The council identified a lack of scientific support for firearm and toolmark analysis, noting that only one appropriately designed study on error rates existed, and it showed a false-match rate of one in 100. The Nation's review found a similarly shocking lack of empirical data on error rates in handheld toolmark examination.
Courts Have Not Prevented Unreliable, Unscientific Evidence
Judges decide what evidence can be presented in court. Most of them lack scientific training and the ability to assess the scientific validity of a forensic technique, and the legal standard in place for decades did not require the prosecution to prove that a technique is reliable. Once a technique has been allowed into court, subsequent judges continue to allow it by citing precedent—which forensic examiners also cite to claim their techniques are reliable.
In this circular way, legal rulings—which never really vetted the science to begin with—substitute for scientific proof.
In 1993, the Supreme Court mandated that judges allow only scientific evidence supported by testable claims and required proponents of the evidence to provide measures of how often examiners make mistakes. Federal courts and most states have adopted this standard, but it has little impact because most judges still rely on precedent. As Harry T. Edwards, chief judge for the D.C. Circuit Court of Appeals, explained:
Judges believe that because we said it before, it must be right, and because these practitioners have been around for a long time, it must be right. In other words, history is the proof.
Recently, a few judges have acknowledged the problem. In 2016, D.C. Court of Appeals Judge Catherine Easterly wrote in a robbery case involving a firearm:
As matters currently stand, a certainty statement regarding toolmark pattern matching has the same probative value as the vision of a psychic: it reflects nothing more than the individual's foundationless faith in what he believes to be true.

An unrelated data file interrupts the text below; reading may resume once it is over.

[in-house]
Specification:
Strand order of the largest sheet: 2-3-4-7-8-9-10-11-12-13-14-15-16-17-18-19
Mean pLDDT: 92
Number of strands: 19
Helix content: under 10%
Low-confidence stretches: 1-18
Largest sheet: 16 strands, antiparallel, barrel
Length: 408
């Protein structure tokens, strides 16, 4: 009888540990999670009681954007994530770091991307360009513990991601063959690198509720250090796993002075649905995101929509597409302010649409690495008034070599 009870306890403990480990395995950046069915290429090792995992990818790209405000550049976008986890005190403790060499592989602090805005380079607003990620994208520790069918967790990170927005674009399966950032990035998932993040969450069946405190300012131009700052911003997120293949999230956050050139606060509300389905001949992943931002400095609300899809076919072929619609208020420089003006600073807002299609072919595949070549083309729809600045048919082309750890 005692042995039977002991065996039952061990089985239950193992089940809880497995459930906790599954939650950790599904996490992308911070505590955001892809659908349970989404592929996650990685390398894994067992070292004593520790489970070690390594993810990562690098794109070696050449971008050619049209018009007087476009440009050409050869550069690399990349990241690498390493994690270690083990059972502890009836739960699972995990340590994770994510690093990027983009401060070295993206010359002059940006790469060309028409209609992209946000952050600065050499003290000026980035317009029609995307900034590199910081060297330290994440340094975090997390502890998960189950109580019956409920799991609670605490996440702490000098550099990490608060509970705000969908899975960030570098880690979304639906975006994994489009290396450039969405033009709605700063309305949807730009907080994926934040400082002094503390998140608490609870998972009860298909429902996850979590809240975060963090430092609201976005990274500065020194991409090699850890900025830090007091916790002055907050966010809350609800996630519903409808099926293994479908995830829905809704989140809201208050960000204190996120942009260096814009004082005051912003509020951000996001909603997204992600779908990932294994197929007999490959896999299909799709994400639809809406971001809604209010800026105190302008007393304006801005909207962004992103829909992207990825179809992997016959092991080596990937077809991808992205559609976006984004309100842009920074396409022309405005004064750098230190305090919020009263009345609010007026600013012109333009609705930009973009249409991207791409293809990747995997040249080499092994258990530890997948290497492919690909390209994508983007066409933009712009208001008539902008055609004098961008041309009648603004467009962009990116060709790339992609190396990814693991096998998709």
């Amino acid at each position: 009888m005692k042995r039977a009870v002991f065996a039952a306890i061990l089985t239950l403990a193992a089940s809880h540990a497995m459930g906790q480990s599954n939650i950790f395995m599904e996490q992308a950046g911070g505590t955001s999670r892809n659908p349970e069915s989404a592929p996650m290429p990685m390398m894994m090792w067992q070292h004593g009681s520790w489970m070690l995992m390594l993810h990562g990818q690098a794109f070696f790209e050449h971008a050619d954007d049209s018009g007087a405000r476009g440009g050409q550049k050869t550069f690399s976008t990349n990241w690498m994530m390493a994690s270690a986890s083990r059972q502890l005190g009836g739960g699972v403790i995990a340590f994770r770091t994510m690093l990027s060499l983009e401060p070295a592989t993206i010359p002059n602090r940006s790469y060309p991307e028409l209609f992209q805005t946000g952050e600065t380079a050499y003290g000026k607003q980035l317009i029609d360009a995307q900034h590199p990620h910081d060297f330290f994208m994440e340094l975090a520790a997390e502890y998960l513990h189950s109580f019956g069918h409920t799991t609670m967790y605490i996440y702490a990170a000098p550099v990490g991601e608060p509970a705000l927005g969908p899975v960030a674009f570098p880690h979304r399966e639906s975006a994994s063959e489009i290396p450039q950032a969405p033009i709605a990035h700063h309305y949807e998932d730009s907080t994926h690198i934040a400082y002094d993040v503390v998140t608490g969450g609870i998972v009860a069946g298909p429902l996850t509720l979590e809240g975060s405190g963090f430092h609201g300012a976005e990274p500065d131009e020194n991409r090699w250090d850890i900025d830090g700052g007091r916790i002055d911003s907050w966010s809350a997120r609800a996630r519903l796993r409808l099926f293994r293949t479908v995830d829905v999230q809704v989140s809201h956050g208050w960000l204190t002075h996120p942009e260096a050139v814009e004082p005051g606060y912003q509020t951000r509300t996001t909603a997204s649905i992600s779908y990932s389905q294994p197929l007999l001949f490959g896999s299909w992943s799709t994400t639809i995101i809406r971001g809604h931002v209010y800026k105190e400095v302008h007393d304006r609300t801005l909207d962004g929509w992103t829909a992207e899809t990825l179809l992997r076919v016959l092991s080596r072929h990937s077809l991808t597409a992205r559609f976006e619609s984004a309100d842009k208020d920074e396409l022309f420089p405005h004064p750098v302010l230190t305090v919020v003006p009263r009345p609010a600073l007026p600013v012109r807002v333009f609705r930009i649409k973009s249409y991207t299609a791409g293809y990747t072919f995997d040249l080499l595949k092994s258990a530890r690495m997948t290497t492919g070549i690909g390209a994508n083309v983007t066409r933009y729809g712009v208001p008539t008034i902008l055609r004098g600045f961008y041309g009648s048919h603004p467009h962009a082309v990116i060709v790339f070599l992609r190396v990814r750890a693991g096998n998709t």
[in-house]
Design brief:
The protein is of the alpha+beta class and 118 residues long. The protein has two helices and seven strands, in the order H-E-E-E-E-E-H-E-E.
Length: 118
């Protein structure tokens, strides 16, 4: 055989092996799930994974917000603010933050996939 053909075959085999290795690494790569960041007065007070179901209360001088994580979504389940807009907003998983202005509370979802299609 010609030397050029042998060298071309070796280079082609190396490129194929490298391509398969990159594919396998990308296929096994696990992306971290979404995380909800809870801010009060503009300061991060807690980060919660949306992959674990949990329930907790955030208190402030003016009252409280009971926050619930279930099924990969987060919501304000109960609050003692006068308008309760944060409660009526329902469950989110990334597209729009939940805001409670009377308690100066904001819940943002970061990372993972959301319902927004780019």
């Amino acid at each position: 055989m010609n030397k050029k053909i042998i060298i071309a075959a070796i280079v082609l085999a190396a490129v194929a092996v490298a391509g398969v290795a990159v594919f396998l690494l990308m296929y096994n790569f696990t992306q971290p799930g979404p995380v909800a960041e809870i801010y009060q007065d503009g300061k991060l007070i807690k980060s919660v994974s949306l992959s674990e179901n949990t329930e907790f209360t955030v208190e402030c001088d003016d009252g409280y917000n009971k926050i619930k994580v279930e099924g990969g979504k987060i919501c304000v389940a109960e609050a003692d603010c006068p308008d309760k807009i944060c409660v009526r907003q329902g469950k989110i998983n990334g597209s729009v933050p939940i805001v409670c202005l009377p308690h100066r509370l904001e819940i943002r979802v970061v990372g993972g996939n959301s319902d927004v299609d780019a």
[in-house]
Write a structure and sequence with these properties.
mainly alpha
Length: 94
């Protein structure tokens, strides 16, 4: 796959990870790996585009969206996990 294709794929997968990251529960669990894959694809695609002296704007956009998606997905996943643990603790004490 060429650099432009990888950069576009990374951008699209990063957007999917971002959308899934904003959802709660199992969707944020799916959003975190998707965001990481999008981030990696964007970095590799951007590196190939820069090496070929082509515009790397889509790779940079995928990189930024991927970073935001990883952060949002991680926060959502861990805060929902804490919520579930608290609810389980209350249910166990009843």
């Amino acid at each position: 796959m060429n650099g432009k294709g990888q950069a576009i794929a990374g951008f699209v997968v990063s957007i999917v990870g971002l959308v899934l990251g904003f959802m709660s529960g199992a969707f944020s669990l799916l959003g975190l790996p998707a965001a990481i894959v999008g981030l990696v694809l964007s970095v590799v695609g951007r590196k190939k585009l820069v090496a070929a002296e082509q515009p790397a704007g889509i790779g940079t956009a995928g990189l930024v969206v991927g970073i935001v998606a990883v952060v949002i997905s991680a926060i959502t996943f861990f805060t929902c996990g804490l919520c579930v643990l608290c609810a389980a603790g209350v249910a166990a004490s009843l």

Prosecutors Preserve — and Expand — Reliance on Forensic Evidence
Most prosecutors resist reform because it could weaken one of their most powerful tools, threaten currrent cases, and call past convictions into question.
The Justice Department knew for years that its hair comparison examiners made mistakes, but even after a whistle-blower forced a review of 2900 cases, the department kept the review secret. In 2015, it finally conceded that its examiners gave flawed testimony in 96 percent of cases, including 33 of 35 death penalty cases reviewed. Nine of those defendants had already been executed.
Because forensic analysts identify as part of the prosecution team, unconscious cognitive bias can infect results, such as examiners unconsciously seeking evidence that confirms their colleagues' view of the case.
The NAS report stressed the need for reform to be independent of prosecutorial agencies, but Attorney General Jeff Sessions allowed the National Commission on Forensic Sciences to expire, suspended the ongoing review of standards for examiner testimony, and put DOJ back in charge of forensic science "reform."
The accelerating use of digital forensics — already, artificial intelligence predicts criminal "hotspots" and software purports to analyze tiny amounts of DNA in complex mixtures from multiple people — underscores the urgency of addressing the problems in forensics that lead to wrongful convictions. Experts warn that these issues, including secrecy, pro-prosecution bias, inflated claims that lack empirical support, and courts' failure to keep out unreliable evidence, will be compounded as forensics becomes more automated.